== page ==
Bouncy castles and inflatables should be banned after slide injured eight children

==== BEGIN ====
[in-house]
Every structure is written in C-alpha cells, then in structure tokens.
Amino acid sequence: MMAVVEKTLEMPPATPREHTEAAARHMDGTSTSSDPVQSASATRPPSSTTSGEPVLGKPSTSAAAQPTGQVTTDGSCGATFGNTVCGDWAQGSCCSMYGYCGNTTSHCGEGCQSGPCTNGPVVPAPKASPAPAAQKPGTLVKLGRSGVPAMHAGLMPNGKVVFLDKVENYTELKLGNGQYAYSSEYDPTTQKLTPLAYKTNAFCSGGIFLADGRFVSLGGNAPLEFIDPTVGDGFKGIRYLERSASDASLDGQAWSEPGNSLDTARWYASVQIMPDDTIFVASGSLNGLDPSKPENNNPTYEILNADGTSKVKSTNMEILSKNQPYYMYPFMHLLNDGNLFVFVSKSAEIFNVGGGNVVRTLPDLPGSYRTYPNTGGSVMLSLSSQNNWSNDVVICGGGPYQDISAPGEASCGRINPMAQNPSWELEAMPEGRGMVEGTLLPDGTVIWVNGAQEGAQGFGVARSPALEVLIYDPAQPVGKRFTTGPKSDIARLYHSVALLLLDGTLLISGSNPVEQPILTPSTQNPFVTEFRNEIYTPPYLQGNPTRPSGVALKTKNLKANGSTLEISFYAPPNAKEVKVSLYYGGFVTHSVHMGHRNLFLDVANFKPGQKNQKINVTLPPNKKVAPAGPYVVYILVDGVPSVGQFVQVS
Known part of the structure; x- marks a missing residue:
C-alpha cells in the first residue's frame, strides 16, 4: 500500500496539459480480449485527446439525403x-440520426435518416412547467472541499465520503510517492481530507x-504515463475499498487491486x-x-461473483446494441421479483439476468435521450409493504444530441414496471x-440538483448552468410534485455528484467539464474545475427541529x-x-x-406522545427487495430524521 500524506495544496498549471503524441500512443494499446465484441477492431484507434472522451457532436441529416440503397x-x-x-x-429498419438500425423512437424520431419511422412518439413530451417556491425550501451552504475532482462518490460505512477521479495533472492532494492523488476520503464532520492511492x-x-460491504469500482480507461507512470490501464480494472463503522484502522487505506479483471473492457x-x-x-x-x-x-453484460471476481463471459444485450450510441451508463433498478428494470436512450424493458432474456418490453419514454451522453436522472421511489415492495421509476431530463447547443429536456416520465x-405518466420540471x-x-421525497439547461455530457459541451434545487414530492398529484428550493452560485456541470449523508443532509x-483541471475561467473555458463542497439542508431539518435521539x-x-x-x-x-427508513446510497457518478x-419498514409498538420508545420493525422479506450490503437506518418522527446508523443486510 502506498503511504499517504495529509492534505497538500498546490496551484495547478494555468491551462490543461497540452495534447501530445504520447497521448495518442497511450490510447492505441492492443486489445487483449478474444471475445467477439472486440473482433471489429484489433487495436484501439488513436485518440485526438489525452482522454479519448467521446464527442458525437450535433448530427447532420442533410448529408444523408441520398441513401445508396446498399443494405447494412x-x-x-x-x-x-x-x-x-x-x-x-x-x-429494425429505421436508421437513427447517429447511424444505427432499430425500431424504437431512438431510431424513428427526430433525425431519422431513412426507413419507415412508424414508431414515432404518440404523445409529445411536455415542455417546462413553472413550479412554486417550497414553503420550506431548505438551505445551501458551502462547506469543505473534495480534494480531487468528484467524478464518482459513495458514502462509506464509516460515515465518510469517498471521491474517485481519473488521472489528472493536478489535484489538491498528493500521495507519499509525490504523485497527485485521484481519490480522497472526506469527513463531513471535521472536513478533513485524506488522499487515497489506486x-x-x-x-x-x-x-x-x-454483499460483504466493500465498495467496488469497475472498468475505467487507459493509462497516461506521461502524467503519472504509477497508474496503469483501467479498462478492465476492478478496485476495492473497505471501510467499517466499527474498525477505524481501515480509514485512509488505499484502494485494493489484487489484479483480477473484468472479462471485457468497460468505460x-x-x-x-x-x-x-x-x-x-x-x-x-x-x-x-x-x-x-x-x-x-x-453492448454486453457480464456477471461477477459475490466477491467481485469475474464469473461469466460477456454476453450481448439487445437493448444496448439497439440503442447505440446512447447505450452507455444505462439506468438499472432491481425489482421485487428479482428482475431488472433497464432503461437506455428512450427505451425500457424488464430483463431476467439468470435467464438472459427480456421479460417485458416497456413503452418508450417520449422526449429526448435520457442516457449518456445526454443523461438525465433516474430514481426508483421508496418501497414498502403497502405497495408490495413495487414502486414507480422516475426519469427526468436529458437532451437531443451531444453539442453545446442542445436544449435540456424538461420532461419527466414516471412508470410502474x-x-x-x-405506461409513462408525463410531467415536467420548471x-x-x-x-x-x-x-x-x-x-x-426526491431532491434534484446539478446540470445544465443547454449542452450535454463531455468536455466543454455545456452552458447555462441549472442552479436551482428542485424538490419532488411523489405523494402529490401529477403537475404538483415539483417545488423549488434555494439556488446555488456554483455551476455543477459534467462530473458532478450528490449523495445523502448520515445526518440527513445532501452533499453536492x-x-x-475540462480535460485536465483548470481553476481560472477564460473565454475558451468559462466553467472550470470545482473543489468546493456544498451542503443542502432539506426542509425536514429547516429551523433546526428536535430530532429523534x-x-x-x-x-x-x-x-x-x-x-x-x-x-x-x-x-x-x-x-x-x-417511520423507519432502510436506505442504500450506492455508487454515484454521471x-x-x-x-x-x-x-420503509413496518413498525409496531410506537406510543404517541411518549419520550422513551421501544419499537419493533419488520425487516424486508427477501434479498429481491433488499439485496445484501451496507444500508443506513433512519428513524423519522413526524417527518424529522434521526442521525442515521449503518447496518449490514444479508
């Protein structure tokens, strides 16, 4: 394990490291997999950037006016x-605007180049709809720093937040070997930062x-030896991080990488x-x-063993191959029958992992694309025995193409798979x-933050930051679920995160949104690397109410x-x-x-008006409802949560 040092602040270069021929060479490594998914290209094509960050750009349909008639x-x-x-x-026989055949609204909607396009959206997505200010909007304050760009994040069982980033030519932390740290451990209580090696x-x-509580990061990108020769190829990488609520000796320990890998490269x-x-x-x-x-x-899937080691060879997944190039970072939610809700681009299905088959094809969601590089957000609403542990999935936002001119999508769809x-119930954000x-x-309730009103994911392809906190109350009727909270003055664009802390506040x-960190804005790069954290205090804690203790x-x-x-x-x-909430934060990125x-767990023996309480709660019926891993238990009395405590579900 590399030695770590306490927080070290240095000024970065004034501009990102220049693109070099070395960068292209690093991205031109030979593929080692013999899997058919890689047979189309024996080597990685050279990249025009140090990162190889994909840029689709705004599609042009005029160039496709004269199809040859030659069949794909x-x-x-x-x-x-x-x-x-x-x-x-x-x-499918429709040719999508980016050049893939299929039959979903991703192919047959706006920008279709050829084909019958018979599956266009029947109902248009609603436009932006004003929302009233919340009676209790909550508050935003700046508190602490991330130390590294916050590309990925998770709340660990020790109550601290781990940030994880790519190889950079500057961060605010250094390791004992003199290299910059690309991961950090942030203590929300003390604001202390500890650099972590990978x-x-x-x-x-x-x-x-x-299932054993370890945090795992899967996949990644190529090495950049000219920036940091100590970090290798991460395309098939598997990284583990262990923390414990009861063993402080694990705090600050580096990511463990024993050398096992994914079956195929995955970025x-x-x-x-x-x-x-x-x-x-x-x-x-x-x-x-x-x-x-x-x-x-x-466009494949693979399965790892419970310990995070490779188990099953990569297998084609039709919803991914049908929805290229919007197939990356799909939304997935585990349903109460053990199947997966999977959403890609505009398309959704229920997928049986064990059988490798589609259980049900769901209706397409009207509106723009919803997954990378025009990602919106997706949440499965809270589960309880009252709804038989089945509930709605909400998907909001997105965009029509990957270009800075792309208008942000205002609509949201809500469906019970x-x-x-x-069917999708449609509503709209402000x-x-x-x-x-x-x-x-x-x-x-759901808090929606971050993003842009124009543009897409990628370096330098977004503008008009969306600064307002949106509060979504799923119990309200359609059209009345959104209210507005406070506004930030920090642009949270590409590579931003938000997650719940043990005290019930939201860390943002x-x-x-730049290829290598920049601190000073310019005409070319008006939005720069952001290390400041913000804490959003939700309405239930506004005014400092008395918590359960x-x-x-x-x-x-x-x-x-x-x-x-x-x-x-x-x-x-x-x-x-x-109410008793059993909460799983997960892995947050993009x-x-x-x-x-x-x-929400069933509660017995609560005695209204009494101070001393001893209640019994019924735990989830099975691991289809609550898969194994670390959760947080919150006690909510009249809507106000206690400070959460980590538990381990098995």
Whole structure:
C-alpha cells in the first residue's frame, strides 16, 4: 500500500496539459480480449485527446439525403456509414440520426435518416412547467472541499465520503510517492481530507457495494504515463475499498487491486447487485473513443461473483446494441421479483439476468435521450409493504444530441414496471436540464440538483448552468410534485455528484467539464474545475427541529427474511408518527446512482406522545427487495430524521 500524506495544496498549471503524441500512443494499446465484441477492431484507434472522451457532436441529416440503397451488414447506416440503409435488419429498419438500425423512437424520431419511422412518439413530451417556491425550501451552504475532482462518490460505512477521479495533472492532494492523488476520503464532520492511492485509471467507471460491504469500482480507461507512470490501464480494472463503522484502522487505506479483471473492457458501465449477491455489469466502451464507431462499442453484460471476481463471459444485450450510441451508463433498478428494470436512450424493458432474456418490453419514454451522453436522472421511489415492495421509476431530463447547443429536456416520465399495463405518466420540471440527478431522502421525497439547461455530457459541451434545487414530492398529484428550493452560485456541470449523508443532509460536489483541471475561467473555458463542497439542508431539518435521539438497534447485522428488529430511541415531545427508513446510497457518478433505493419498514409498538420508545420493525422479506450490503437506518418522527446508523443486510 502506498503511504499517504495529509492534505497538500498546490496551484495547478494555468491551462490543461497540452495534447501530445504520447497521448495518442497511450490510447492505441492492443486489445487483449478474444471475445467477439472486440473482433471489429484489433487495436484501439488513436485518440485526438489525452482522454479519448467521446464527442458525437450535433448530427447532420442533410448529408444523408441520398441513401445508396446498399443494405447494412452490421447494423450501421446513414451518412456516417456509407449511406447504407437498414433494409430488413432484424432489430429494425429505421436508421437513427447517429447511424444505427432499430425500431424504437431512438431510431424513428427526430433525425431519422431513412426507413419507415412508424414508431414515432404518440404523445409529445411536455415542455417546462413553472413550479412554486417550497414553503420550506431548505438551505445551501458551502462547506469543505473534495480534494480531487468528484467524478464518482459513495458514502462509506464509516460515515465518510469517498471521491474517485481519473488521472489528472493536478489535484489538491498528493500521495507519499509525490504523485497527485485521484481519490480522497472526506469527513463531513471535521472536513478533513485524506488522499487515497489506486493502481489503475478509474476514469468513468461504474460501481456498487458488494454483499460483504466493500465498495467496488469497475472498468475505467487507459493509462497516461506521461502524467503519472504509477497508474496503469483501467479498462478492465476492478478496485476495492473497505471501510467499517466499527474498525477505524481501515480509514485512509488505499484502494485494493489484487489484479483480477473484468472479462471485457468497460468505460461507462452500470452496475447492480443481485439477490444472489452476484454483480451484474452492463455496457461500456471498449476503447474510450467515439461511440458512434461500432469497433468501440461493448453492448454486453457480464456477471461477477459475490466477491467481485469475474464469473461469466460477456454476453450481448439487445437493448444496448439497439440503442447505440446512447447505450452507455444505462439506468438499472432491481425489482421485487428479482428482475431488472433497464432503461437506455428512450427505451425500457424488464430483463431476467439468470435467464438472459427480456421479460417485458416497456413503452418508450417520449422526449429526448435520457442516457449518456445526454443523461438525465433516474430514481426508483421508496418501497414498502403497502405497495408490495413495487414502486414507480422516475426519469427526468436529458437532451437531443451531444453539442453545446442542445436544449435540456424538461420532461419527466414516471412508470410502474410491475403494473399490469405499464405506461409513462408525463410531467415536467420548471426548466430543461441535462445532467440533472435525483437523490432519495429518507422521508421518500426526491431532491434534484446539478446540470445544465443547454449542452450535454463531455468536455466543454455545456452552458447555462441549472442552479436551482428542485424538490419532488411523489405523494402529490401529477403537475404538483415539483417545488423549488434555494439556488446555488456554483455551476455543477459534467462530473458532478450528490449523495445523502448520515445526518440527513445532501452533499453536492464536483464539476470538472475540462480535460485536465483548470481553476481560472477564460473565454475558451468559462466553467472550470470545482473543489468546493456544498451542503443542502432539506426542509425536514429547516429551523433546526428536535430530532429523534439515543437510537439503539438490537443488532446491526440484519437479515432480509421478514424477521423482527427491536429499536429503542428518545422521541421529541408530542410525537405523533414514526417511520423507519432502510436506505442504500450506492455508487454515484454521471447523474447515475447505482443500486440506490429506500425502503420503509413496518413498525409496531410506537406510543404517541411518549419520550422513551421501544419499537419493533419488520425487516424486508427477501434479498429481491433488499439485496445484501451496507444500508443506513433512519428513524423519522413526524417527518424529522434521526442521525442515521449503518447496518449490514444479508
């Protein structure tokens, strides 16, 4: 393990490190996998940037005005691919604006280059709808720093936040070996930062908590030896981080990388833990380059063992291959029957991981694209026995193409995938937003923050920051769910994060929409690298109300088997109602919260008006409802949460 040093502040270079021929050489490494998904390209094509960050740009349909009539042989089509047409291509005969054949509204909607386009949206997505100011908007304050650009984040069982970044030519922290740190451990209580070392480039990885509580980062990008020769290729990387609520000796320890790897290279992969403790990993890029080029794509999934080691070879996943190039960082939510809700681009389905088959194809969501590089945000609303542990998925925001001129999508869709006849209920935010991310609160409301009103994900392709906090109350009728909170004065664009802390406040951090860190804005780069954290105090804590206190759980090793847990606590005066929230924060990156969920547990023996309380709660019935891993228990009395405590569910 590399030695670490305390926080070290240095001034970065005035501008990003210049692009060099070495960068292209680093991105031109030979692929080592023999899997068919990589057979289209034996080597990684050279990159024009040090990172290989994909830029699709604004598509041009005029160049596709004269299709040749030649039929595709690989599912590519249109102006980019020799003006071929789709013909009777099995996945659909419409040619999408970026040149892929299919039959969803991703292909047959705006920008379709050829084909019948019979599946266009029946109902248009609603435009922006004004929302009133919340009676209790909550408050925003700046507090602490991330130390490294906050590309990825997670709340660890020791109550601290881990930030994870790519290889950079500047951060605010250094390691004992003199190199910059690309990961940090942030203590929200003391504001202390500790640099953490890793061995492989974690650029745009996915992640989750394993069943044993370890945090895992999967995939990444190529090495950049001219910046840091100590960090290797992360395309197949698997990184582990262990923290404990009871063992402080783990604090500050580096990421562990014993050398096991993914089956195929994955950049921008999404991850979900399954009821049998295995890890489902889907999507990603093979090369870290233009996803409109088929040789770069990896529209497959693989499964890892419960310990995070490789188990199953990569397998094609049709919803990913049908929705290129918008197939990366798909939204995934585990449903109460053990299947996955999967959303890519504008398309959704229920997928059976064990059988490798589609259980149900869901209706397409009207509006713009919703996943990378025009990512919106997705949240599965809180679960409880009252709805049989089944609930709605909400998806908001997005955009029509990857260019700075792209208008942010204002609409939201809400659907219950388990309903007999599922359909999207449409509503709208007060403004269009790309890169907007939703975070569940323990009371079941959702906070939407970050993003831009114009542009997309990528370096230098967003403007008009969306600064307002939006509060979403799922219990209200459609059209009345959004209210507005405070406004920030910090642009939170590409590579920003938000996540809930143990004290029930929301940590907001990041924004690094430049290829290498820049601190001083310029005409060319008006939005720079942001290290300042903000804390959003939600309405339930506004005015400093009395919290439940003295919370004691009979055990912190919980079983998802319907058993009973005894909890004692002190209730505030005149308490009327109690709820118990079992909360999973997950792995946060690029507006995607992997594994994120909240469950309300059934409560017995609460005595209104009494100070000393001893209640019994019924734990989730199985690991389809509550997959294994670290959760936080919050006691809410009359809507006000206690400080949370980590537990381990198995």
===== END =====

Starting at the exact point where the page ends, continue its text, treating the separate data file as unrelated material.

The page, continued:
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Bouncy castles and inflatables should be banned in the wake of a slide collapse that injured eight children, a senior MP has said.Robert Halfon, a former minister and Conservative MP for Harlow, has called on the government to issue a temporary ban until regulations can be updated.His intervention comes after eight children fell from an inflatable slide at a fireworks display in Woking Park in Surrey on Saturday evening.Seven have since been discharged from hospital but one remained on Sunday for observation. However, police said the child’s injures were “not believed to be significant”.Mr Halfon’s intervention comes after a series of tragedies involving inflatable rides, raising questions over their safety.Earlier this year a three-year-old girl died after being thrown from an inflatable trampoline in Norfolk, and in 2016 a seven-year-old girl died after a bouncy castle broke free in high winds in Harlow.Mr Halfon told BBC 5Live: “I reiterate my urge to the government that they should have a temporary ban on inflatables and bouncy castles in public places until all the regulations we know have been updated. Robert Halfon, a former minister and Conservative MP for Harlow Want the best of The Telegraph direct to your email and WhatsApp? Sign up to our free twice-daily  Front Page newsletter and new  audio briefings. “Twenty injures since 2011, we’ve had two tragic deaths – the time for just looking at it is over. “The government have got to have possibly a temporary ban on these things until we know for sure that they’re safe and no parent has to ever worry again”.The park was evacuated shortly after the incident on Saturday and a major incident declared by Surrey police.A helicopter and several ambulances attended that evening and on Sunday the funfair remained under police cordon as the Health and Safety Executive (HSE) began its investigation.One witness said he was concerned earlier that evening when he saw dozens of children playing on the “flimsy” slide at once.Andy Datson, 23, said he saw up to 40 children playing on the slide, which he estimated was about 30ft tall at its highest point.”We had been walking past the slide earlier in the night and said it looked unsafe. It looked pretty flimsy to say the least,” he said.”There were far too many kids on it. It didn’t look like it could hold that many people.” Just one child remains in hospitalCredit:Andrew Matthews/PA Robert Halfon, a former minister and Conservative MP for HarlowCredit:Julian Simmonds Just one child remains in hospital David Munro, the Police and Crime Commissioner for Surrey, said the incident “could have been so much worse” and that inflatable experts would be attending the scene.He said: “We will not just be looking at the incident itself, but also the events leading up to it. A HSE spokesman said: “HSE is aware of the incident and inspectors are attending the site to support the police.”   “Was it down to the ride safety precautions or too many people on the ride?”Michael Holden, of Woking District Rotary Club, who organised the event, estimated around 5,000 people were in the park when it happened.He said: “We don’t still know yet what exactly happened but eight children appear to have come off near the top of the slide and landed on the floor alongside it.”We have used this funfair operator for a number of years. We have never had any problems before. [The operator] is as upset as we are.””We are very shocked and distressed by the whole thing.”Joe Mercer, general secretary of the Showmen’s Guild, told the BBC: “This slide has up-to-date test certificates and insurance documents, these have been provided to police. “Our members are fully co-operating with the authorities; no arrests have been made.”In a statement issued on Sunday, Surrey police said: “Following last night’s evacuation of Woking Park after children fell from an inflatable slide, we are pleased to update that seven of the eight victims were discharged overnight.“The eighth victim was kept in overnight for observations, but his injuries are not thought to be significant.“The investigation will now sit with the Health and Safety Executive.”

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